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Iran says it’s hoping for improved ties with UAE under new president

Sheikh Mohamed bin Zayed Al Nahyan, the Crown Prince of the United Arab Emirates at the presidential palace, in Ankara, Turkey, on November 24, 2021. (AP Photo/Burhan Ozbilici, File)
Sheikh Mohamed bin Zayed Al Nahyan, the Crown Prince of the United Arab Emirates at the presidential palace, in Ankara, Turkey, on November 24, 2021. (AP Photo/Burhan Ozbilici, File)

TEHRAN, Iran — Iran says it hopes to expand ties with the United Arab Emirates after Sheikh Mohamed bin Zayed Al Nahyan was elected president of the Gulf country following his half-brother’s death.

The two countries downgraded diplomatic relations in 2016 following the severance of ties between Iran and Gulf Arab heavyweight Saudi Arabia, a key ally of the Emirates.

Iran’s President Ebrahim Raisi today congratulates Sheikh Mohamed on his election as president of the UAE, according to a presidency statement.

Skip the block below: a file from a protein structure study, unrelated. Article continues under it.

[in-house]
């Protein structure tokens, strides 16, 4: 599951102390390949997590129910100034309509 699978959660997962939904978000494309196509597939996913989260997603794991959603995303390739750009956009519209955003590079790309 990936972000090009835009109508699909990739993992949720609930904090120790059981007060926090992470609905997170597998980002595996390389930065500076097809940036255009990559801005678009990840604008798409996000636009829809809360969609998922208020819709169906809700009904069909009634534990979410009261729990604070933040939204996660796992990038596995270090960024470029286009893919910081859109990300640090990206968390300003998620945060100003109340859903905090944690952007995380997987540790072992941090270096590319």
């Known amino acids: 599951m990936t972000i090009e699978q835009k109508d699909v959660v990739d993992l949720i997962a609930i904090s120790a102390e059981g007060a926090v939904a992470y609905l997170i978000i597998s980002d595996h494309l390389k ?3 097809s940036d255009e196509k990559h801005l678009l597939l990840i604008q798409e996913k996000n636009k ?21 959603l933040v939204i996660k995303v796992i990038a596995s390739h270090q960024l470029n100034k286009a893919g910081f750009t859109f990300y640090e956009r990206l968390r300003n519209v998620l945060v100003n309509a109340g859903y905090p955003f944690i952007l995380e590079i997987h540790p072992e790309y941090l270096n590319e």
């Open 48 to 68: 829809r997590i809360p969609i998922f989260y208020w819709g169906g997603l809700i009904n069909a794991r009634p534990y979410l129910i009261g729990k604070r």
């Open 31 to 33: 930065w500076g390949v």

Raisi “expressed hope that the foundation of the development and progress of relations between the two countries… which was laid during the time of late Sheikh Khalifa bin Zayed Al Nahyan, will be expanded with wisdom and in line with the interests of the two countries,” it says.

He says he hopes to see “increased deepening of mutual relations in all fields” between the two countries, the statement reads.

Iran’s Foreign Minister Hossein Amir-Abdollahian left Tehran for Abu Dhabi this morning to offer condolences over the late Emirati president’s death, according to the ministry.

Sheikh Mohamed has run the oil-rich Gulf state from behind the scenes since his half-brother was sidelined by ill health in 2014.

Under his leadership, Abu Dhabi has fostered trade and political ties across the region — including, to a limited extent, with Iran — but has sided with the US against Tehran’s nuclear program.

The UAE forged ties with Israel under the Abraham Accords in 2020, brokered by former US president Donald Trump. Iran has said that Arab countries that normalize ties with Israel are stabbing Palestinians in the back.

Shiite-majority Iran and Sunni-majority UAE, moreover, support rival sides in Yemen’s seven-year civil war, with Abu Dhabi having been part of the Saudi-led military coalition that supports the internationally recognized government and Tehran backing the Houthi rebels.

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